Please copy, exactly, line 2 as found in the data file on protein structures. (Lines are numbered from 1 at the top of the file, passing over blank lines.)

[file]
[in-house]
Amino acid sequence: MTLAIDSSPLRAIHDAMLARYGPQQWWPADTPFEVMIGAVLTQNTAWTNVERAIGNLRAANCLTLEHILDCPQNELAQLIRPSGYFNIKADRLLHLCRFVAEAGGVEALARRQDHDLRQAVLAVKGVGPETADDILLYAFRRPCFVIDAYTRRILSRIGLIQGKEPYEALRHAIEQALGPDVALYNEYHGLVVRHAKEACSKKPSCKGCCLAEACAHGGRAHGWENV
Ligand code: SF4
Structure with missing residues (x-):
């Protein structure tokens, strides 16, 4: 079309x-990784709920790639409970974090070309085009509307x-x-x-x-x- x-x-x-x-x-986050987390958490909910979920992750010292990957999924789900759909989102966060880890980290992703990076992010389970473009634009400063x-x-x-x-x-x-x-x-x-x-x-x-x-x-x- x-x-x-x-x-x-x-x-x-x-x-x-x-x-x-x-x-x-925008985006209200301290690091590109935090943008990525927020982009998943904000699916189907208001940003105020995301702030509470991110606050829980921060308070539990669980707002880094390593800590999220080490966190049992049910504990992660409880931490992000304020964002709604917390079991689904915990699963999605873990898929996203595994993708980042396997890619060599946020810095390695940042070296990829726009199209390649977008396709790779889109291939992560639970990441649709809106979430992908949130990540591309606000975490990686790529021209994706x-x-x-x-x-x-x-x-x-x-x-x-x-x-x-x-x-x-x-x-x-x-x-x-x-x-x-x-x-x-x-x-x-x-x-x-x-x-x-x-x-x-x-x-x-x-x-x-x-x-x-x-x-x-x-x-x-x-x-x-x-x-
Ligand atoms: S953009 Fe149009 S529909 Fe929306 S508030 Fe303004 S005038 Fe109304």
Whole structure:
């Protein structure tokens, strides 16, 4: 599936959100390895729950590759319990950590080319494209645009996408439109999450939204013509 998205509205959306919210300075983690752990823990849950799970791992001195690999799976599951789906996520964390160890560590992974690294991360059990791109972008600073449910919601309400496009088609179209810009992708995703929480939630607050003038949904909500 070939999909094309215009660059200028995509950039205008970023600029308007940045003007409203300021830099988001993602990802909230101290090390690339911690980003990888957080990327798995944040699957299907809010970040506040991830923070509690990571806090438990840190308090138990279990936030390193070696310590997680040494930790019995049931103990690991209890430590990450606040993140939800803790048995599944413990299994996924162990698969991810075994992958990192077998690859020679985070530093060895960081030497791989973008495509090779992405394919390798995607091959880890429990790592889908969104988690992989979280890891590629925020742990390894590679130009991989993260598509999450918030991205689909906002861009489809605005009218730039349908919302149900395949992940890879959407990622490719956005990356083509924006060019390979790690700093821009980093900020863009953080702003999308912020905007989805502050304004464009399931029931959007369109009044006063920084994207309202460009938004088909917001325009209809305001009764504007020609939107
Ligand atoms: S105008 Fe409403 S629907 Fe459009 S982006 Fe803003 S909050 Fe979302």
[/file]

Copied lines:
Amino acid sequence: MTLAIDSSPLRAIHDAMLARYGPQQWWPADTPFEVMIGAVLTQNTAWTNVERAIGNLRAANCLTLEHILDCPQNELAQLIRPSGYFNIKADRLLHLCRFVAEAGGVEALARRQDHDLRQAVLAVKGVGPETADDILLYAFRRPCFVIDAYTRRILSRIGLIQGKEPYEALRHAIEQALGPDVALYNEYHGLVVRHAKEACSKKPSCKGCCLAEACAHGGRAHGWENV